Wednesday night’s performance by the English Touring Opera at Norwich Theatre Royal probably inspired mixed opinions. I had a few reservations which I mentally noted as I watched it, but overall had a thoroughly enjoyable evening. During the bus journey back, however, as I fell into conversation with a fellow audience member who clearly – and I here mean this unsarcastically – knows far more about opera than I do, my view of the spectrum of responses considerably broadened.

Many of these reactions relate to the opera itself. Apparently, Donizetti, like many composers of the late eighteenth and early nineteenth centuries, recycled passages from his earlier works to bulk out his later ones, and this practice can be discerned in The Wild Man. You know how it is: you’ve written an opera that was performed in Rome, and you’re commissioned to write one to be staged in Naples. How many Neapolitans are likely to have seen the former? Ah, it’s worth the risk! Also, towards the end of the plot there’s a strange business involving pistols, and an enigmatic letter that Cardenio’s brother hands to him, the significance of which is never explained. As well as this, the Caribbean setting seems to be there merely for its exoticism; once Cardenio et al depart, the plantation status quo resumes, as if undisturbed. As for tonight’s performance itself, it featured a few moments of weak singing.

From this, an explanation could be swiftly constructed as to why this opera has fallen out of favour after its initial euphoric reception in 1833, but both it and ETO’s rendition also had many merits. Craig Smith, in the title role, despite recent illness (a detail announced before the performance), was very strong, as were Njabulo Madlala and Donna Bateman in the roles of the plantation manager Bartolomeo and his daughter Marcella. Peter Brathwaite played Kaidama with comic brilliance, and Sally Silver’s Eleonora was on the whole breath-taking in her negotiations of the complex vocal runs, whether despairing or joyous. The plot recalled the Shakespeare of the comedies, with a happy ending despite some – perhaps appropriately – slightly mad minor narrative excursions. In particular The Wild Man contains many parallels with The Tempest: island setting, shipwrecks reuniting brothers, slave figure, and slave-master/daughter character pair. Yet it’s also based on an episode from Cervantes, with the main story revolving around Cardenio’s escape to the island and subsequent madness after he discovers his wife Eleonora’s infidelity. Altogether, it’s a wild thing.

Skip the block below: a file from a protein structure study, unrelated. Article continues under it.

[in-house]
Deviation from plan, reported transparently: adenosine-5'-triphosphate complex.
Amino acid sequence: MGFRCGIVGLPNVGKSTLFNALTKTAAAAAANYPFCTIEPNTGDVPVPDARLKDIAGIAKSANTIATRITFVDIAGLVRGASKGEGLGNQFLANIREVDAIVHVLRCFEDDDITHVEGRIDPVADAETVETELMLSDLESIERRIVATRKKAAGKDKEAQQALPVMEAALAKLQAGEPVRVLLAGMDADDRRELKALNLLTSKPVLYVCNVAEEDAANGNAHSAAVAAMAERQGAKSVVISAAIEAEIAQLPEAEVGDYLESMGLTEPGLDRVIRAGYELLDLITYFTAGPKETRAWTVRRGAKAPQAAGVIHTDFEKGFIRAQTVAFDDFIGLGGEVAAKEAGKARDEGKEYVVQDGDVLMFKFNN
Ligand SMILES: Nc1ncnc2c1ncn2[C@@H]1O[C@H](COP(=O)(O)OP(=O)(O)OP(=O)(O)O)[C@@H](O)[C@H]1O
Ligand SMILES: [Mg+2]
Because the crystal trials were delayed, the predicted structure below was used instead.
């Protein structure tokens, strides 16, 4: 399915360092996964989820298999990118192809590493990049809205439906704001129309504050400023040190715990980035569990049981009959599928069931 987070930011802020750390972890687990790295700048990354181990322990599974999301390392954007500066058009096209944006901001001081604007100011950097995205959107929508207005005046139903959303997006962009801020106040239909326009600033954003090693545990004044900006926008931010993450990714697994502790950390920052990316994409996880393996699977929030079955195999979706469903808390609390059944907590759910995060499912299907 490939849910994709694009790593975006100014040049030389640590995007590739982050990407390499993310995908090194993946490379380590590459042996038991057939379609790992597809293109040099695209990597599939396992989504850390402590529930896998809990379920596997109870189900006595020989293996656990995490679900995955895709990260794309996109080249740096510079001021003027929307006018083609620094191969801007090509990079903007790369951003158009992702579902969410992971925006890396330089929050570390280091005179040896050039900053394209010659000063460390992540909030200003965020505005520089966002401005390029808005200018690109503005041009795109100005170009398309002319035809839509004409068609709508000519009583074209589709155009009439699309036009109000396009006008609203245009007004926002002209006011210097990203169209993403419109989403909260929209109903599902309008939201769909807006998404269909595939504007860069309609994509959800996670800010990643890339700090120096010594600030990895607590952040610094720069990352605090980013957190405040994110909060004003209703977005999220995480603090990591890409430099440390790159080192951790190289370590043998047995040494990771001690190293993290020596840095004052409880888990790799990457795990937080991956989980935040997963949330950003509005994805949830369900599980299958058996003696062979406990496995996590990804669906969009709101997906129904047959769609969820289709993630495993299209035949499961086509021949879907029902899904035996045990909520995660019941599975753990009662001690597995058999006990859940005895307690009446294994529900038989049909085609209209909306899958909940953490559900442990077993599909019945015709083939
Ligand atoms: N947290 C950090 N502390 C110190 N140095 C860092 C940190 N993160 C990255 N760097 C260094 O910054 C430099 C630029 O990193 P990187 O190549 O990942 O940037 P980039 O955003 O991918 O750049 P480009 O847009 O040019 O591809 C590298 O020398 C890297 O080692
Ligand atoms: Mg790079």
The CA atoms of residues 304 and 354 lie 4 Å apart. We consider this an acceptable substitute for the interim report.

The orchestra performed excellently, too, highlighting some strengths of Donizetti’s work, such as the focused scene closures, or the collaboration with the ensemble which produced occasional potent sonic punches. The lighting and set also showcased their designers’ talents every now and then; the lighting during the shipwreck, and towards the end, were perfect, and the main dashed vessel scenery piece with its trapdoor enabled a smooth handling of many of the hide-and-seek necessities of the plot. As a tangent off this, the acting in some places was also very fine; often, the facial expressions alone of Brathwaite, Bateman, Madlala and Silver were enough to carry the scene.

So despite technical flaws in the opera itself, and a few weaknesses in its delivery, the performance was commendable. The Wild Man of the West Indies is not an ideal work, and this may in a small way have caused it to be imperfectly performed, but it does have its great moments, and tonight had its great performers. The ETO has given its audience members what will probably be a genuine once-in-a-lifetime experience, regardless of their opinions of it.